Only question I would have is the 2000 RPM rating? *My Perkins runs up to 2800 rpm (not that I often run them that fast). *Is this joint rated for that high of an RPM? *Other than that I don't think I would be afraid to try it. *Since you have twins, you have the security of a back up.

Larry B

PS. love your blue hull; was that an option on the later 34's or a repaint?*
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Old 08-01-2011, 08:36 PM   #4
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RE: A Perkins water pump drive coupling question

Thanks for the responses. I ordered the coupling today, will have it tomorrow. I might have screwed up and ordered a slightly too large OD to clear the pump bracket. I had the broken hub but left the pump and bracket at home. Now that I have seen it, I think I will have a slight interference. The original is about a half inch larger OD than what I ordered, but the end nearest the pump is only about 2" OD. Soooo, tomorrow I'll have to decide if I send it back and wait another day, or turn it down on the lathe on the end.

Actual coupling is rated 7000 rpm. I used the 2000 rpm figure to calculate HP ate the rated 723 in-lbs torque rating.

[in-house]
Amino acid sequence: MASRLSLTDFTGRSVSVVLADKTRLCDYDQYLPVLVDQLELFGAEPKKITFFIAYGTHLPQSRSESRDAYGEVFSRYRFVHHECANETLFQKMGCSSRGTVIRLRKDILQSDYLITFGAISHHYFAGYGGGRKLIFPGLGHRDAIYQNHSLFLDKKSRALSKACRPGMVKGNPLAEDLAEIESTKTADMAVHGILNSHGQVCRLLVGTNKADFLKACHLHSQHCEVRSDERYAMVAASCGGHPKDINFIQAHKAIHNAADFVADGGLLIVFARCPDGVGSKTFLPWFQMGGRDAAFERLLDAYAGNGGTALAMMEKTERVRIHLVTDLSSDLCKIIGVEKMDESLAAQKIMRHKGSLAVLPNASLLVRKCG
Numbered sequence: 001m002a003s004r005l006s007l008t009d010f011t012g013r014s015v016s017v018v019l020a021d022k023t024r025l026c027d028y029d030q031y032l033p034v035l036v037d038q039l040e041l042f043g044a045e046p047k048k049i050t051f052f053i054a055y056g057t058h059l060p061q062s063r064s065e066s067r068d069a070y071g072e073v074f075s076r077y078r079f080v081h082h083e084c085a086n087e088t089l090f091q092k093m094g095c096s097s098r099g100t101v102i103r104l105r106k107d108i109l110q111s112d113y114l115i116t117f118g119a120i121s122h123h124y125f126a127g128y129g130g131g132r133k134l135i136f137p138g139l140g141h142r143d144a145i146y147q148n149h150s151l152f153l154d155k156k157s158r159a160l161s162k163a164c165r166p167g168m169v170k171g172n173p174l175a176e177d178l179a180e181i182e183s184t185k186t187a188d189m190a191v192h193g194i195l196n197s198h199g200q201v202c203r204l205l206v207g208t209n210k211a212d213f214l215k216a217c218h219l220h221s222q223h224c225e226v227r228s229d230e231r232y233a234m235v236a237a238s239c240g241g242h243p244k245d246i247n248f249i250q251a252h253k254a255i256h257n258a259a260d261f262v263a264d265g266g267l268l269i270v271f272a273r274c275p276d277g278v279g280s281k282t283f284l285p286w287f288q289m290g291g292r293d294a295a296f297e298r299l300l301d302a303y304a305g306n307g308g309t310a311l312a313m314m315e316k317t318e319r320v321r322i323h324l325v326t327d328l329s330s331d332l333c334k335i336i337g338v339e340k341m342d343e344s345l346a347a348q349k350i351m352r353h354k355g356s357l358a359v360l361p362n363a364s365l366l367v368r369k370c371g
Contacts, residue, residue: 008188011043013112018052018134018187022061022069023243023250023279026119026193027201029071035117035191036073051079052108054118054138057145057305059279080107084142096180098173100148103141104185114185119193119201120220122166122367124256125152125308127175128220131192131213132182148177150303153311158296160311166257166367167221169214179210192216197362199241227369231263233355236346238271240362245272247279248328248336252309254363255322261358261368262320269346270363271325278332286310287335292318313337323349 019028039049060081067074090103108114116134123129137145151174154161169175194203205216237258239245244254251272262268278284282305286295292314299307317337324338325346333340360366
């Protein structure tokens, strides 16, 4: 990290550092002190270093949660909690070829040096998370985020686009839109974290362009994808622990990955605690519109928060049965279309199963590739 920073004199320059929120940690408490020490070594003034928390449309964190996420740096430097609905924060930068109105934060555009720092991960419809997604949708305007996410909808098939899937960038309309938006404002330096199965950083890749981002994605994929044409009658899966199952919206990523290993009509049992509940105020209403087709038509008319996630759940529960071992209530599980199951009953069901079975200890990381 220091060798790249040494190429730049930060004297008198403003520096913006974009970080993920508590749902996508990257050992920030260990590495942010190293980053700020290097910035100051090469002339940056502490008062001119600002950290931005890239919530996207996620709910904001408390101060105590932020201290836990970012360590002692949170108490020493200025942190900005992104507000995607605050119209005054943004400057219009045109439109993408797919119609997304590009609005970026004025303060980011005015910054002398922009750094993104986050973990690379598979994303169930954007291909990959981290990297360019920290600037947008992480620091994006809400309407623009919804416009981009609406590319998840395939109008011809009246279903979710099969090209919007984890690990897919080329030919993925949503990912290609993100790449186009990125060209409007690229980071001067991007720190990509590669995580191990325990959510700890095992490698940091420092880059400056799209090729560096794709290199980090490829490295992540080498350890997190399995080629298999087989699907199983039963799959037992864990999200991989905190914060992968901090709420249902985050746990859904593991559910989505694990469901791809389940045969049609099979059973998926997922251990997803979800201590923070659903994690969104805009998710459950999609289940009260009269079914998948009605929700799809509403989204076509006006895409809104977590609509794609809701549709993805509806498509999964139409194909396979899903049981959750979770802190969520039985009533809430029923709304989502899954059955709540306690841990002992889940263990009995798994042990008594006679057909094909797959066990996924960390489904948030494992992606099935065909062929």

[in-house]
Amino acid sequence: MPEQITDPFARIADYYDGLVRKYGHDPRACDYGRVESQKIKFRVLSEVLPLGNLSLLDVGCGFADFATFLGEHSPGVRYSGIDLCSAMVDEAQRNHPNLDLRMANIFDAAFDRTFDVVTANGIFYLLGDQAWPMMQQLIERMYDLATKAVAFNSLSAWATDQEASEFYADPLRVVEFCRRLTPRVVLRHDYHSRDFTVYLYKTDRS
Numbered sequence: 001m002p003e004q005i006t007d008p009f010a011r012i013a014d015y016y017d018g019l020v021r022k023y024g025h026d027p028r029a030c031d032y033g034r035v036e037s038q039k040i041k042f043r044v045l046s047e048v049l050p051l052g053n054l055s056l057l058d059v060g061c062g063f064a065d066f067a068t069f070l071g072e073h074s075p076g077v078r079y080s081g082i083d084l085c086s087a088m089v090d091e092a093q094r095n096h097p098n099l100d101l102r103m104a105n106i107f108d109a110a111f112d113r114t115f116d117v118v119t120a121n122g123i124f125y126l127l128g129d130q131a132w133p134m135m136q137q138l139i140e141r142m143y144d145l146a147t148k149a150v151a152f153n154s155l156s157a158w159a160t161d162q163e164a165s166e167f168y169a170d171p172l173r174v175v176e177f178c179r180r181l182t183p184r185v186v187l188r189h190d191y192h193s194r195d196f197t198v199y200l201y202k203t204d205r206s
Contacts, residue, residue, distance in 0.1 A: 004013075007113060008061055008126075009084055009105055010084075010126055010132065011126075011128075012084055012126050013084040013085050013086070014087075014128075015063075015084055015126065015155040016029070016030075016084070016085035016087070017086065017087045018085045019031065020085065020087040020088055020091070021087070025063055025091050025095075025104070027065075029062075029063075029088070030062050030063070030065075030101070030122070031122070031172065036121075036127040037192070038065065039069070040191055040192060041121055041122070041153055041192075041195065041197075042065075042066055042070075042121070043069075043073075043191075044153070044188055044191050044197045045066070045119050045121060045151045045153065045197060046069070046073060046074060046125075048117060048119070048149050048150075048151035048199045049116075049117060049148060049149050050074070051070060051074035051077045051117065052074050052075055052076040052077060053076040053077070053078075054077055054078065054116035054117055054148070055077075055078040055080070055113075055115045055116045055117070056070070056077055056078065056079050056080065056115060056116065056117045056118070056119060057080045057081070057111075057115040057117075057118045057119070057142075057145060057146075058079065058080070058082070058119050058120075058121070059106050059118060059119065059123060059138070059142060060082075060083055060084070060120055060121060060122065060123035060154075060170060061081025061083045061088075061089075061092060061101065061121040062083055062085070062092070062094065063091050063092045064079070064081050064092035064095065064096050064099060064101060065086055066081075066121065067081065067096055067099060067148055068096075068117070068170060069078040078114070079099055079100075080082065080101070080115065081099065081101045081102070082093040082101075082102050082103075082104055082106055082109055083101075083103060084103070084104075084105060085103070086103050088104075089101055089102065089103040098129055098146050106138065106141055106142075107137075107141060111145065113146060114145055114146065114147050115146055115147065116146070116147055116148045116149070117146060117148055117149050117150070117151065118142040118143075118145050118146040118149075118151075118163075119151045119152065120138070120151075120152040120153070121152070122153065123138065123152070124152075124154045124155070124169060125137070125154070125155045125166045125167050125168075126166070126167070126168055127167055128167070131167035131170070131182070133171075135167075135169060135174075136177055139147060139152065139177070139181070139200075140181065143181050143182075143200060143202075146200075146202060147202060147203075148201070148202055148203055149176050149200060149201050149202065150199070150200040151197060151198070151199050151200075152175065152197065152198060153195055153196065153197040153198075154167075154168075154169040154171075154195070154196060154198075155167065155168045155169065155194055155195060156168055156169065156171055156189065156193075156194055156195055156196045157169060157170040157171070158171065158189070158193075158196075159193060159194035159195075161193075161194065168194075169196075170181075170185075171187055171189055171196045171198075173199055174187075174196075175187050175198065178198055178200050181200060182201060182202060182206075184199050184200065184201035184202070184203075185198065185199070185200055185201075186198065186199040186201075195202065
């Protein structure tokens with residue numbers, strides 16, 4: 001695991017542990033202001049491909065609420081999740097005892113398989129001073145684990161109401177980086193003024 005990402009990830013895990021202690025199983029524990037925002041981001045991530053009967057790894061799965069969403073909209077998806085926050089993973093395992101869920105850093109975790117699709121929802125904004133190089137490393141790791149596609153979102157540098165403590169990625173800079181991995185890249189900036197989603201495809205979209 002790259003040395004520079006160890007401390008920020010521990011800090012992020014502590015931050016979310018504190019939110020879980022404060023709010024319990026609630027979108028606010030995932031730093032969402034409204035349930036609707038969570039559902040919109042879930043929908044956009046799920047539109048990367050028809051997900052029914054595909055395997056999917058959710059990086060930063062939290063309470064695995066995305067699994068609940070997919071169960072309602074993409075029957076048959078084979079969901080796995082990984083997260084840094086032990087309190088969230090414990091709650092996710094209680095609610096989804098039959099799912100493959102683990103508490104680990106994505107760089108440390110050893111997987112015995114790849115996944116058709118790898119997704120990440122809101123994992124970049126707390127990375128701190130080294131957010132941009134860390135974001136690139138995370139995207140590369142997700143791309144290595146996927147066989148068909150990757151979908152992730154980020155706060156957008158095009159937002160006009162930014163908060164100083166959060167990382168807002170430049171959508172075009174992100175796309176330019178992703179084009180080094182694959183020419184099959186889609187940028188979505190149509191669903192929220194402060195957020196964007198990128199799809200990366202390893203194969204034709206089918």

Blue hull is not original. It's Interlux Interthane paint.

I will post a picture when I get it together.
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Old 08-01-2011, 09:54 PM   #5
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RE: A Perkins water pump drive coupling question

OK, that makes sense then. *I wonder if I do have the same couplings. *I've never taken them apart, so I think I will check them for cracks. *I have Sherwood pumps. usually I just put a new impeller in every couple of years and she's good to go. *Let us know how that works out for you.

Larry B
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Old 11-09-2015, 06:36 PM   #6
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how did you get a quote from Perkins? I have same problem. I broke both mine.

I broke both of mine (same way) now i need to get 2 from Perkins. How did you get ahold of them??
Quote:
Originally Posted by Capn Craig View Post